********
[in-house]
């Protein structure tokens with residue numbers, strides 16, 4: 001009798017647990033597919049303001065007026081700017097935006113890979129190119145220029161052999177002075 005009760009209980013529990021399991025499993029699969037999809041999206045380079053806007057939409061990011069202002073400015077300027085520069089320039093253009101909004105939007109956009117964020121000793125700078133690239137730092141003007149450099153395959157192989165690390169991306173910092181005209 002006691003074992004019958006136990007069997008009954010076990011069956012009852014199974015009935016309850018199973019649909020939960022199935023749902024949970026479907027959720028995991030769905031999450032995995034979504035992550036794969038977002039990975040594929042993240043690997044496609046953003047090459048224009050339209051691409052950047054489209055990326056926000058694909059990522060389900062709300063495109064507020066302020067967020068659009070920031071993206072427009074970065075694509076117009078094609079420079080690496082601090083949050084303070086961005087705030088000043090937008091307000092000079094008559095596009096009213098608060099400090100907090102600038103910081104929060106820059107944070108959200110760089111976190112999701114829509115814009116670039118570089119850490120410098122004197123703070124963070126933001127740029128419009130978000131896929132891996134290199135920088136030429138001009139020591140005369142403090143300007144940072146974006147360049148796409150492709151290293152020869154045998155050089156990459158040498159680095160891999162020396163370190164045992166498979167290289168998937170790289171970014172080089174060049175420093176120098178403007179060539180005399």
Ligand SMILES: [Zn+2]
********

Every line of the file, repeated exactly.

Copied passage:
[in-house]
């Protein structure tokens with residue numbers, strides 16, 4: 001009798017647990033597919049303001065007026081700017097935006113890979129190119145220029161052999177002075 005009760009209980013529990021399991025499993029699969037999809041999206045380079053806007057939409061990011069202002073400015077300027085520069089320039093253009101909004105939007109956009117964020121000793125700078133690239137730092141003007149450099153395959157192989165690390169991306173910092181005209 002006691003074992004019958006136990007069997008009954010076990011069956012009852014199974015009935016309850018199973019649909020939960022199935023749902024949970026479907027959720028995991030769905031999450032995995034979504035992550036794969038977002039990975040594929042993240043690997044496609046953003047090459048224009050339209051691409052950047054489209055990326056926000058694909059990522060389900062709300063495109064507020066302020067967020068659009070920031071993206072427009074970065075694509076117009078094609079420079080690496082601090083949050084303070086961005087705030088000043090937008091307000092000079094008559095596009096009213098608060099400090100907090102600038103910081104929060106820059107944070108959200110760089111976190112999701114829509115814009116670039118570089119850490120410098122004197123703070124963070126933001127740029128419009130978000131896929132891996134290199135920088136030429138001009139020591140005369142403090143300007144940072146974006147360049148796409150492709151290293152020869154045998155050089156990459158040498159680095160891999162020396163370190164045992166498979167290289168998937170790289171970014172080089174060049175420093176120098178403007179060539180005399």
Ligand SMILES: [Zn+2]